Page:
Spending a lonely day at home? Perhaps a robotic mole, living underneath your coffee table, can keep you company. Media design researchers at the Korea Advanced Institute of Science and Technology in South Korea have created a table that has a small molehill that glides along the surface and plays games on the tabletop. The researchers first showed their so-called MoleBot at SIGGRAPH, a graphics and interactive conference, in August 2011. It won the grand prize at the French virtual reality conference Laval Virtual, on March 30.
The surface of the MoleBot table is covered with more than 15,000 hexagonal pins, packed side by side like cells in a honeycomb so they make a smooth, silver surface. As the MoleBot moves underneath the pins, it makes a molehill that glides along underneath the pins, so it looks like a mysterious animal running underneath a silver cloth. A layer of spandex between the MoleBot and the pins reduces friction, helping the bot move up to 16 inches (40 centimeters) a second, according to the paper the researchers submitted to SIGGRAPH.
Remember that kindergarten demonstration of how magnets work? Kids can move one magnet around on the surface of a table without directly touching it, if they drag it along using another magnet held underneath the table. The MoleBot uses the same principle to move. The plastic bot on the surface of the table, underneath the pins, has a strong neodymium magnet inside. A neodymium magnetic stage underneath the table drags the bot along invisibly. Users control the stage with a joystick or with gestures that a depth camera detects.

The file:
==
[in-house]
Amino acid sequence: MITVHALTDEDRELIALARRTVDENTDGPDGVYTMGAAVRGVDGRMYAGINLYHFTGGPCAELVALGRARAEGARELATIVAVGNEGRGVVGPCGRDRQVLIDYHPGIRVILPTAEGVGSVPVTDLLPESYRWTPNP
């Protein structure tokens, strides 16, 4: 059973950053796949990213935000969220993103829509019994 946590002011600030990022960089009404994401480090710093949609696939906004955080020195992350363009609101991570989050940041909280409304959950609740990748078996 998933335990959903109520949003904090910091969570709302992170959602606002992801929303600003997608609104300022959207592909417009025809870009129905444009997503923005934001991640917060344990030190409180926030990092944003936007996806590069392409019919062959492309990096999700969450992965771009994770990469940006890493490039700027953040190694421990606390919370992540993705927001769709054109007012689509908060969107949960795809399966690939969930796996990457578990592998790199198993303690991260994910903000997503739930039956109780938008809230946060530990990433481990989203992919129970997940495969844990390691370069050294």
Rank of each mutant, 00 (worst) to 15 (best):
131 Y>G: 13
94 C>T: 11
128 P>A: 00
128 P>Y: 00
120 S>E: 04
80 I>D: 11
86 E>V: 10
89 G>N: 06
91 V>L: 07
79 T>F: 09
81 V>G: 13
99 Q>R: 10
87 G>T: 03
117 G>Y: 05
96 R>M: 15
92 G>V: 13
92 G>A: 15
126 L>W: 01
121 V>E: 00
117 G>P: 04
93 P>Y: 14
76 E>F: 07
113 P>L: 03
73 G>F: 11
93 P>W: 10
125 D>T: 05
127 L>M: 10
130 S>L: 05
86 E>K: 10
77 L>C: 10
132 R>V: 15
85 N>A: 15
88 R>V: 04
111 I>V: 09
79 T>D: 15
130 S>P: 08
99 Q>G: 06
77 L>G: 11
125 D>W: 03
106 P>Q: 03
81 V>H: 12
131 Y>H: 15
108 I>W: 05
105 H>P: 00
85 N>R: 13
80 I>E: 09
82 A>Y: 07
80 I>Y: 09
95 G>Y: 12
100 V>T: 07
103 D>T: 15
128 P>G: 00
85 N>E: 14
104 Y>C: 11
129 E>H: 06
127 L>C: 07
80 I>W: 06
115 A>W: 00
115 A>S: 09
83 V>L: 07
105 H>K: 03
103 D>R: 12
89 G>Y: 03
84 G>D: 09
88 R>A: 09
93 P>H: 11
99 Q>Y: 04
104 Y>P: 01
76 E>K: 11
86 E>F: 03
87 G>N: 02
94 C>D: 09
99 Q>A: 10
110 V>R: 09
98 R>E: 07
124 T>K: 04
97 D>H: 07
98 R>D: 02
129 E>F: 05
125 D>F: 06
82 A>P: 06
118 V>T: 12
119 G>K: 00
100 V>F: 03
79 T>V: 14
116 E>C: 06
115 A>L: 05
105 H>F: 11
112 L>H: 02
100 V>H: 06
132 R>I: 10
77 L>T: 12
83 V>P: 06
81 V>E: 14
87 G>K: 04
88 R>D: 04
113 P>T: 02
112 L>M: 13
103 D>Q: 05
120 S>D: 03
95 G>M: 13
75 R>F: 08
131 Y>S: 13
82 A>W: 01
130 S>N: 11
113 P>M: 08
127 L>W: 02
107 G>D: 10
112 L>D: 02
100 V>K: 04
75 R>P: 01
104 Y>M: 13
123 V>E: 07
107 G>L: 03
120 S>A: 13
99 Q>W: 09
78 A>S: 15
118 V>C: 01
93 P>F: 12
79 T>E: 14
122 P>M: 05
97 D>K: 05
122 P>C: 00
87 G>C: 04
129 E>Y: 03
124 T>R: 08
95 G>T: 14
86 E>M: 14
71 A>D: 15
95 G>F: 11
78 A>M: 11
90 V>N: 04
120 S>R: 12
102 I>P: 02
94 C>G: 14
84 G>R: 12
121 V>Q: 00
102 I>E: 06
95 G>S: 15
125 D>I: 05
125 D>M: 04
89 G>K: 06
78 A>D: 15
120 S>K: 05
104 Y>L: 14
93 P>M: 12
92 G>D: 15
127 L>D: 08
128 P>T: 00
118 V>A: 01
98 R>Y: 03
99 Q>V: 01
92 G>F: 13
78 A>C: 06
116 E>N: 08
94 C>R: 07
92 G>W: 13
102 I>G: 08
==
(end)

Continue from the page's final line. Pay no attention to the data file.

The results are surprisingly appealing and probably tell a lot about people's capacity to anthropomorphize anything small and round that moves. The MoleBot can push little spools along its pin tabletop or attract and drag magnetic objects placed on the table. The researchers created tiny white trees that hold round magnetic apples the MoleBot gathers when it passes the trees. The robotic molehill can play "MoleBot soccer" by fighting over a ball with a small, two-wheeled RollBot the researchers made. With the depth-detecting camera, users can call the MoleBot over by presenting it with a large lollipop or have it follow their hands.
"It could be a new game interface, in which people build a small world on a table," the researchers wrote in their abstract for SIGGRAPH.
Watch the MoleBot at work in a video by the researchers:
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